June 20, 2019

  Market Notes
June 20, 2019


    Ok, all the shiny green things from early spring are gone or nobody wants nettle soup or fiddlehead frittata’s anymore.  So we go back to fungus and tubers, but what a great selection of fungus and tubers we have available.  Morel mushrooms have dropped so much in price the mortals can now enjoy them. Fresh Porcini don’t have to be flown in from South Africa right now as we have domestic harvest available in both Oregon and Washington. To make the trifecta complete we have to go to Bulgaria to get our beautiful golden button Chanterelles. We can even get some Cauliflower mushrooms from China.  Tubers include a very reasonably priced black summer truffle from Italy and some surprisingly excellent southern hemisphere white Perigord winter truffles from Chili and Australia at absurdly low prices compared to European product.


                                        LIME TIME

 The illustrious finger limes are back and the market should steadily rise in availability for the next several weeks. This market has improved and we are seeing fruits that are longer and greener with no brown and less yellow. The creative uses for this novel summer fruit continue to inspire chefs, bakers and decorators alike. From cornucopia to supermarket shelf dividers, the finger lime is finding its way into every aspect of culinary preparation. Currently we have three different growers packing fruit.  There will be a few more growers as we get into late summer. This lovely fruit is a bear to harvest as you have to reach inside the thick thorned branches several times as these plants do not ripen uniformly.  Product is offered in clamshells, burlap bags, red mesh and bulk. Most of the shipping is Fed-Ex but in a few months we will be able to offer a finger lime consolidation to those who load our fingerling potatoes out of Edison, California.



We probably should not predict good news but things are looking good for the 4th.  Berries are in good supply and tomatoes are becoming abundant. Potatoes of all shapes, sizes and colors are available on both coasts and melons are everywhere (except yellow watermelon). Numerous bean varieties are ready for the dog days of summer and specialty greens are abundant and strong.  Chervil is tight but summer basil abounds along with most other herbs.  New crop garlic and onions allow for numerous varieties of both, and a huge selection of specialty peppers are here just in time for roasting. As long as we don’t blow ourselves up it should be a great culinary day to celebrate freedom.  Remember freedom?  We fought for it!  More on this next week.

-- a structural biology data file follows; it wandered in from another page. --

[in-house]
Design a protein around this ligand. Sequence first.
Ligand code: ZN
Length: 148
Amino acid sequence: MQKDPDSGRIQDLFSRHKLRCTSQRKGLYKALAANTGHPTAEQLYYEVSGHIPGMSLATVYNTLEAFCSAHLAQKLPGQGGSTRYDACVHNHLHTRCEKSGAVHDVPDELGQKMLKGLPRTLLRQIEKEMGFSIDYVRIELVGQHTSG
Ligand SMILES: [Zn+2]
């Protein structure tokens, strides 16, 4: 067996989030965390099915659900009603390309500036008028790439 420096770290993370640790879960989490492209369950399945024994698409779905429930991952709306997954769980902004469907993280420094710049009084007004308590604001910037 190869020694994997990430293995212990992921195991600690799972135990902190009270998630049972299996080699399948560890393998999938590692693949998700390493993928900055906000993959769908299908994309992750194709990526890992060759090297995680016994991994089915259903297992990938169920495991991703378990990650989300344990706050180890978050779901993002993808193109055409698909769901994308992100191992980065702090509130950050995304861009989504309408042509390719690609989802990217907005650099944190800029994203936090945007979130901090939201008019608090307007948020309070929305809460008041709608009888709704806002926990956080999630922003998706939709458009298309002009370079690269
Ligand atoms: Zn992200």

I was the number one cash crop in the United States.  Originating in East Asia (Manchuria), I arrived on the U.S. shores with the Mathew Perry expedition.  I have more protein and calories than any other legume.  I grow on a small bush two to six feet high.  I am raised in a velvety pod that can be gray, yellow, black, white or brown.  I have an amazing amount of uses.  In my infant stage I am used in salads as a sprout.  I am fermented, used as coffee substitute, made into cheese, jam, flour, grits, or used for imitation beef, ham, or chicken.  Industrially my oil is used for soap, paint or vanishes.  I am also very popular cooking oil.  When brewed I make a wonderful sauce, but often my sauce is packaged without any of me in it.  It’s truly a shame that water, salt, vegetable protein, corn syrup, and caramel color, cheaply replace my rich tangy flavor.  I must be cooked to neutralize the anti-nutrients I contain (phytic acid, and trypsin).  If defatted or dried, I will store moderately well.  If fresh, I must be refrigerated or I will turn rancid in short order.  When they dry us we are used in stews and casseroles but our pleasant hazelnut like flavor is best when fresh.


Answer to last weeks quiz..ACHIOTE…Congratulations to all winners!

Call 908-789-4700 –Lisa or Richard– Fax 908-789-4702
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